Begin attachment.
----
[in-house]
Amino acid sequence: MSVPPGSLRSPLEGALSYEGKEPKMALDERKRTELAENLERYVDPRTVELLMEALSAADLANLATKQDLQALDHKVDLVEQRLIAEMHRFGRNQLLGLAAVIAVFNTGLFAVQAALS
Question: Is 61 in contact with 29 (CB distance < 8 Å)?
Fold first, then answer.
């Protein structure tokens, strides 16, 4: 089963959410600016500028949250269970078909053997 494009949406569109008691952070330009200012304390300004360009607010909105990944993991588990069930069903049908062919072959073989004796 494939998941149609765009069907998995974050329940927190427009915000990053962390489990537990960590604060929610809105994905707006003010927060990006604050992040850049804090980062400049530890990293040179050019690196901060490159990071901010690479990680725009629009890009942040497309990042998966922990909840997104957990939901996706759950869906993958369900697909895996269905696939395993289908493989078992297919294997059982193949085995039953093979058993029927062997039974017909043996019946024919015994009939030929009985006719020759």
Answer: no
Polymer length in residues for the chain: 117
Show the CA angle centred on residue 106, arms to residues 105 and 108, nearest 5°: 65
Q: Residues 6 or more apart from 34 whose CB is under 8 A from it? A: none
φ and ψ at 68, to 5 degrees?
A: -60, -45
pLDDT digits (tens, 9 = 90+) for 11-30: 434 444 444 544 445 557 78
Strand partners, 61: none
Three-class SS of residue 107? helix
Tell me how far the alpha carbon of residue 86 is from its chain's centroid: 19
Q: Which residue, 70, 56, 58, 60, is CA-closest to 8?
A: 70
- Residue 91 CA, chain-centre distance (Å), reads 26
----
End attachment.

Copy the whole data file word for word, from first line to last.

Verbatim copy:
[in-house]
Amino acid sequence: MSVPPGSLRSPLEGALSYEGKEPKMALDERKRTELAENLERYVDPRTVELLMEALSAADLANLATKQDLQALDHKVDLVEQRLIAEMHRFGRNQLLGLAAVIAVFNTGLFAVQAALS
Question: Is 61 in contact with 29 (CB distance < 8 Å)?
Fold first, then answer.
């Protein structure tokens, strides 16, 4: 089963959410600016500028949250269970078909053997 494009949406569109008691952070330009200012304390300004360009607010909105990944993991588990069930069903049908062919072959073989004796 494939998941149609765009069907998995974050329940927190427009915000990053962390489990537990960590604060929610809105994905707006003010927060990006604050992040850049804090980062400049530890990293040179050019690196901060490159990071901010690479990680725009629009890009942040497309990042998966922990909840997104957990939901996706759950869906993958369900697909895996269905696939395993289908493989078992297919294997059982193949085995039953093979058993029927062997039974017909043996019946024919015994009939030929009985006719020759």
Answer: no
Polymer length in residues for the chain: 117
Show the CA angle centred on residue 106, arms to residues 105 and 108, nearest 5°: 65
Q: Residues 6 or more apart from 34 whose CB is under 8 A from it? A: none
φ and ψ at 68, to 5 degrees?
A: -60, -45
pLDDT digits (tens, 9 = 90+) for 11-30: 434 444 444 544 445 557 78
Strand partners, 61: none
Three-class SS of residue 107? helix
Tell me how far the alpha carbon of residue 86 is from its chain's centroid: 19
Q: Which residue, 70, 56, 58, 60, is CA-closest to 8?
A: 70
- Residue 91 CA, chain-centre distance (Å), reads 26